By Greg Schreiner
Global development aspirations, such as those endorsed within the Sustainable Development Goals, are complex. Sometimes the science is contested, the values are divergent, and the solutions are unclear. How can researchers help stakeholders and policy-makers use credible knowledge for decision-making, which accounts for the full range of trade-off implications?
‘Assessments’ are now commonly used.Following their formal adoption by the Intergovernmental Panel for Climate Change (IPCC) in the early 1990s, they have been used at the science-society-policy interface to tackle global questions relating to biodiversity and ecosystems services, human well-being, ozone depletion, water management, agricultural production, and many more.
Given the nature of the questions they address, assessments are transdisciplinary, involving integration of different knowledge domains. In this piece, I briefly explore what an assessment is and then describe the assessment for shale gas development in South Africa, where we used the concept of risk as the integrative framework.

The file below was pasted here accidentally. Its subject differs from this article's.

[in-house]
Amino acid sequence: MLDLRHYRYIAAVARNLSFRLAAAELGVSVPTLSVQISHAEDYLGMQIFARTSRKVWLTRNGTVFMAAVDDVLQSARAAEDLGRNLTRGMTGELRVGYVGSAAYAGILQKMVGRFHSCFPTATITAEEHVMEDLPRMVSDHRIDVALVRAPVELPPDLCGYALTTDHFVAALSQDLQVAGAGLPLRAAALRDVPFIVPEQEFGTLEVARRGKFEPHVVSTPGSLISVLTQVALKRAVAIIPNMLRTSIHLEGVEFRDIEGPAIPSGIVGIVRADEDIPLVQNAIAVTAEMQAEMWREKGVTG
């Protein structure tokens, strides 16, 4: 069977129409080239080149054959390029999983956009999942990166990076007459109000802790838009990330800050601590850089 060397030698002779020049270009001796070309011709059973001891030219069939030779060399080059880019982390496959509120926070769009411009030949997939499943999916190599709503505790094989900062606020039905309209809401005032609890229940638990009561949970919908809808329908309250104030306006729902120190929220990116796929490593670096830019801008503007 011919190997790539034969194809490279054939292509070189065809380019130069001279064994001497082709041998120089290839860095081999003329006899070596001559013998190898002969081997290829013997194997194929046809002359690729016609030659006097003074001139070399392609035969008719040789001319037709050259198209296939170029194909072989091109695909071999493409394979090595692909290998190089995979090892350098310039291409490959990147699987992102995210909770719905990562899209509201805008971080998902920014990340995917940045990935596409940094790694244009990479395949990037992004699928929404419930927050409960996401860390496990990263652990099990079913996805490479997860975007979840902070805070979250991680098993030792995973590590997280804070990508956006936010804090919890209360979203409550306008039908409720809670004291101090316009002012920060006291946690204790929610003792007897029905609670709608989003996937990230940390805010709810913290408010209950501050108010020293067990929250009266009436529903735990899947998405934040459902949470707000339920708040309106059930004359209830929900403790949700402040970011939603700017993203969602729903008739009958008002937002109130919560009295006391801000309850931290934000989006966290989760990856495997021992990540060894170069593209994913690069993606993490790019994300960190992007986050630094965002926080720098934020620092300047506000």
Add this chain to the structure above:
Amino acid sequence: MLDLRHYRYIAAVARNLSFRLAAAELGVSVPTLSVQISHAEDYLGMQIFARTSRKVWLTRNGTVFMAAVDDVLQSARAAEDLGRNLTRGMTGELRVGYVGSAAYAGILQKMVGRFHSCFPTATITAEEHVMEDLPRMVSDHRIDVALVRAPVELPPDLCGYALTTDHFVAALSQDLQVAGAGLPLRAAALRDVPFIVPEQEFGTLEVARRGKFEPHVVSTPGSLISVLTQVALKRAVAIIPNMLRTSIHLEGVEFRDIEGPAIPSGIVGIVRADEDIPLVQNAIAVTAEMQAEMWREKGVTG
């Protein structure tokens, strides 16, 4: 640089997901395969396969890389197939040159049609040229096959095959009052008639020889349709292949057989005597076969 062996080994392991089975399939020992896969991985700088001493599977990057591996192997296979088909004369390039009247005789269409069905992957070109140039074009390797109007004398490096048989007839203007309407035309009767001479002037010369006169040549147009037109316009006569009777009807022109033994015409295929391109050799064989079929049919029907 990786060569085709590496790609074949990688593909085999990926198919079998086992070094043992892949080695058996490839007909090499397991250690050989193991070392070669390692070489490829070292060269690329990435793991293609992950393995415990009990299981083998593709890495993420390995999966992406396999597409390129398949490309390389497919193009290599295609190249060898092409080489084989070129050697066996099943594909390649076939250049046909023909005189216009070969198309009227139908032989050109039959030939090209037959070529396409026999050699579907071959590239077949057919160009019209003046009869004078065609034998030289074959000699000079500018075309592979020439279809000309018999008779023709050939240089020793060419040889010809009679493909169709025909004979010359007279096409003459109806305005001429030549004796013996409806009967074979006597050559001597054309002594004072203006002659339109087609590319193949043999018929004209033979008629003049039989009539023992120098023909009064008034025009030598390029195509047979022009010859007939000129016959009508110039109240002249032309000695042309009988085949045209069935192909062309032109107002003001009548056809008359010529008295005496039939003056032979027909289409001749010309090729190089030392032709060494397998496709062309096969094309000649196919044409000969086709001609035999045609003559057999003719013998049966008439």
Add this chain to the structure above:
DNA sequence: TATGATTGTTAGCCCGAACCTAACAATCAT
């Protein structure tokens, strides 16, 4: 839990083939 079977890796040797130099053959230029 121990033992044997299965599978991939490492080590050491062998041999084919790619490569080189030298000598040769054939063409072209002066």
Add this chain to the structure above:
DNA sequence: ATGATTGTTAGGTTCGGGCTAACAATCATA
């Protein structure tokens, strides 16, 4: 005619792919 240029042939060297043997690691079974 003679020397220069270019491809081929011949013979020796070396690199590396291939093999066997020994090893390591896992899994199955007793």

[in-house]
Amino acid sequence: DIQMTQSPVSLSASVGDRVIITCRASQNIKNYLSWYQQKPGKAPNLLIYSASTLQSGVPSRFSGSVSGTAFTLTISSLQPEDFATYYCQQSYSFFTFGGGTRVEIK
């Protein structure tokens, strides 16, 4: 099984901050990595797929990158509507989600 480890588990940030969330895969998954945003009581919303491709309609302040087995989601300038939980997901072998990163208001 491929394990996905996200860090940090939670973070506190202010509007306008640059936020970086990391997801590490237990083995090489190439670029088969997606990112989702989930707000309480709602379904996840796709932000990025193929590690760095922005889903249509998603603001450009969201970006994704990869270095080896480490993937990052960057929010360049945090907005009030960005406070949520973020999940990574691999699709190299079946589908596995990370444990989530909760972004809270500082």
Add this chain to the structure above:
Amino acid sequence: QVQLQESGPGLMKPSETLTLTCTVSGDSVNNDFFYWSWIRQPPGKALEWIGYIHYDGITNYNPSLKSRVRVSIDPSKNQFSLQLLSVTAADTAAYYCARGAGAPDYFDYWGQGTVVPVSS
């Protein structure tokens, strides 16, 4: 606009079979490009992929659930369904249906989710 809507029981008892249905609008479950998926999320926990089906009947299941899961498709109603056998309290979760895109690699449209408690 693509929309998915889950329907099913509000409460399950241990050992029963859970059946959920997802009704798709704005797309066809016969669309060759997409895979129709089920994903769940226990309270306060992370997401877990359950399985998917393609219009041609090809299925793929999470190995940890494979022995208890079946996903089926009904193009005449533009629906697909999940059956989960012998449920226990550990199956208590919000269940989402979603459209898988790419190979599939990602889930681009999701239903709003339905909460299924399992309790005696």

What is an assessment?
Scientific assessment is used to evaluate the overall status of knowledge on complex problems relevant to societies. They are designed to provide a connection between issues and people, by providing a summary of the ‘state of the science’. During these sometimes elaborate processes, teams of knowledgeable people take stock of all the various evidence relating to a complex issue. Balance and the elimination of bias is sought as far as possible; the most established means is by creating diverse writing teams representing a range of interests and/or positions, coupled with extensive and transparent review by all stakeholders. Increasingly, nation states have seen the potential benefits of assessments in helping to navigate complex and socially contested issues.